activities?

[ Reply to This | # ]

SCO's "Notice of Compliance" Says They Have Not Yet Fully Complied
Authored by: TerryL on Tuesday, January 13 2004 @ 05:48 PM EST
It still looks like they are saying they need IBM to give them their code so
they can find what it is that IBM have done wrong.

But, now there's Novel saying that the licence IBM has doesn't cover anything
IBM wrote except when it's combined with AT&T code they can claim that
things will have to wait until they prove that Novel are wrong and they really
do have the rights to whatever IBM wrote and ever combined with AT&T code
even when it's not combined with AT&T code before they can find
anything...

Maybe this is their plan - have enough legal cases on the go - each dependent on
the outcome of one or more of the others so that the whole heap of spaghetti
drags on for years...



---
----
All comment and ideas expressed are my own and do not necessarily reflect those
of any other idiot...

[ Reply to This | # ]

Sixty pages
Authored by: anwaya on Tuesday, January 13 2004 @ 05:50 PM EST
I can't believe that SCO thinks that these 60 pages are going to satisfy IBM that discovery with specificity is complete, or persuade the court that there is a case for IBM to answer. I can't help thinking that this amounts to a pathetic display of arrogance on SCO's part.

Though I could be wrong: perhaps there is evidence so damning that it can be put down on paper in such a compact way that it's worth fifty million dollars a page.

We shall see.

[ Reply to This | # ]

  • Sixty pages - Authored by: Anonymous on Tuesday, January 13 2004 @ 06:48 PM EST
  • Sixty pages - Authored by: Anonymous on Wednesday, January 14 2004 @ 03:53 PM EST
Time for SCO's exit strategy? Surely?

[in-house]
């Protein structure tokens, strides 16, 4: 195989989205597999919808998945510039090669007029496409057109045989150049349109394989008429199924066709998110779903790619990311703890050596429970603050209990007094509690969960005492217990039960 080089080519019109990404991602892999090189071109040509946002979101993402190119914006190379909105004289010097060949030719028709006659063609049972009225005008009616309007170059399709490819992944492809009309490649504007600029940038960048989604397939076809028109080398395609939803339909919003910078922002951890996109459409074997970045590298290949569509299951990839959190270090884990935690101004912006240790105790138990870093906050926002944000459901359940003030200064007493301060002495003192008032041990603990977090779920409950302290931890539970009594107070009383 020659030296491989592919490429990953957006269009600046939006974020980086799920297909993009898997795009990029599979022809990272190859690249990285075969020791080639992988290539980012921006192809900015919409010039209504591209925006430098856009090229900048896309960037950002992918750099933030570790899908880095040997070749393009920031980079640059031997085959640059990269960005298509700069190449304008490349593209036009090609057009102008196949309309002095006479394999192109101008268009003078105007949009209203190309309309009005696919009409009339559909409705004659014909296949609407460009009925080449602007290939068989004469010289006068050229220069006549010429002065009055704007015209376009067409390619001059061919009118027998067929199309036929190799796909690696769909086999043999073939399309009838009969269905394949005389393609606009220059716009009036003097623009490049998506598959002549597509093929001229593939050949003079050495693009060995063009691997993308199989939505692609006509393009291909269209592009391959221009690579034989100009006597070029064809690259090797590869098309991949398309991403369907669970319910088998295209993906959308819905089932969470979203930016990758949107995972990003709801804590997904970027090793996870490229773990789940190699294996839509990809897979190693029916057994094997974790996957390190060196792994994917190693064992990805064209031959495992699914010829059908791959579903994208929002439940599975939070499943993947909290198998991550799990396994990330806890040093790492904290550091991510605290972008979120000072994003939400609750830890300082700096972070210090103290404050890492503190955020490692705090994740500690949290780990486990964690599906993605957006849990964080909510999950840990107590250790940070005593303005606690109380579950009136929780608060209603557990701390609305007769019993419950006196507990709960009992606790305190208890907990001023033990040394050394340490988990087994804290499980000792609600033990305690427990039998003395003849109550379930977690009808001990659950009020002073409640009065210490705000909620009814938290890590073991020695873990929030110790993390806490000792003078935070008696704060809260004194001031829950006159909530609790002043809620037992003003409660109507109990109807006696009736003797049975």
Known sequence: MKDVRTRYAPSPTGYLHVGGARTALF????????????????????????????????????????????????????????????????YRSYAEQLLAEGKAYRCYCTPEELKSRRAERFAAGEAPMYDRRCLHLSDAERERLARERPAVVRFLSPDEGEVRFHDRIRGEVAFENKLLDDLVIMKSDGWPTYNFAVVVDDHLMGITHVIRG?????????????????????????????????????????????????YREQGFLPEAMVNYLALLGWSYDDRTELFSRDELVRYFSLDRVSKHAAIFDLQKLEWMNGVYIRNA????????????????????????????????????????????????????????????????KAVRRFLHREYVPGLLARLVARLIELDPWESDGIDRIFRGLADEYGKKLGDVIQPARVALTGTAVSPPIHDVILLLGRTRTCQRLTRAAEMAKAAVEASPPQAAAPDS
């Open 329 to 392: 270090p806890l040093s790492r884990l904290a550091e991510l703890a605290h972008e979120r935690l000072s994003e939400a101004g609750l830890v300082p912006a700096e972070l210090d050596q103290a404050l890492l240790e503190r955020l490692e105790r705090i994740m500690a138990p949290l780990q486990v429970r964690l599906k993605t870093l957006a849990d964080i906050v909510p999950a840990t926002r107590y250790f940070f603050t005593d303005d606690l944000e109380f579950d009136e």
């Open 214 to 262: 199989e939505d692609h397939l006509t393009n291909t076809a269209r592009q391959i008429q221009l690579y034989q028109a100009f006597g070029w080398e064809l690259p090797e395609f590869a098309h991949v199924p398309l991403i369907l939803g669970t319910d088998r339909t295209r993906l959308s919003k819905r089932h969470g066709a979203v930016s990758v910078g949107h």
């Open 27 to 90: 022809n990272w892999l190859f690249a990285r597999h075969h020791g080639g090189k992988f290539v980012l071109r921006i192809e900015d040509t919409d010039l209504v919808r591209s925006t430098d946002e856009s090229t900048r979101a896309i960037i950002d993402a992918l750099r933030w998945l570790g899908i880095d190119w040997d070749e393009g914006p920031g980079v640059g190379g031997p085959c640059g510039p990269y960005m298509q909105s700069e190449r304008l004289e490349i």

Authored by: Anonymous on Tuesday, January 13 2004 @ 05:51 PM EST
Frankly, I was surprised to see anything at all from SCO.

They are in so deep now that they need an exit strategy,
and more importantly, surely their lawyers must be
advising this - or opening themselves to professional
negligence etc.

Given the correspondence between SCO and Novell, surely
this must end well short of the courtroom door. Better for
SCO to die quietly in a corner, rather than have its blood
spilled on the carpet before the judge. If only to deprive
us of the pleasure...

Whether IBM would let this matter finish anywhere other
than in court is another matter. The only responsible
thing for Boies <?sp?> to do is volunteer to carry the can
and advise SCO to sack him and employ new lawyers to
negotiate with IBM, on the pretext that SCO feel badly
advised. Not that things work out that way.

But something has to give. I can see a change of lawyer,
followed by a motion to delay from SCO on grounds of
change of legal representation, which IBM agrees to. Then
many months of silence, while the lawyers effectively try
the case in private, without a judge, during which time
SCO goes quietly bust or takes some very humiliating
medicine.

But with the stakes this high, SCO just have to file
something, just to stay alive, and Darl just has to brag
on, 'cos if he doesn't, it will show he knows the game is.
over.

[ Reply to This | # ]

PJ, Mistake?
Authored by: Anonymous on Tuesday, January 13 2004 @ 05:52 PM EST

She might note that she gave them a chance to ask for a later date at the December 5 hearing and that Christmas is a known holiday they might have considered when agreeing to the due date. Or she might let it pass. But doesn't the transcript indicate that she was to be notified if SCO saw there would be a problem meeting the deadline?:

"THE COURT: . . . If you want a date later than that, that's fine. I don't care.

PJ, sorry if I'm mistaken, but I don't think the judge gave SCO any option to request a response period longer than thirty days. I thought the above quote was in regard to the *hearing*, not the discovery.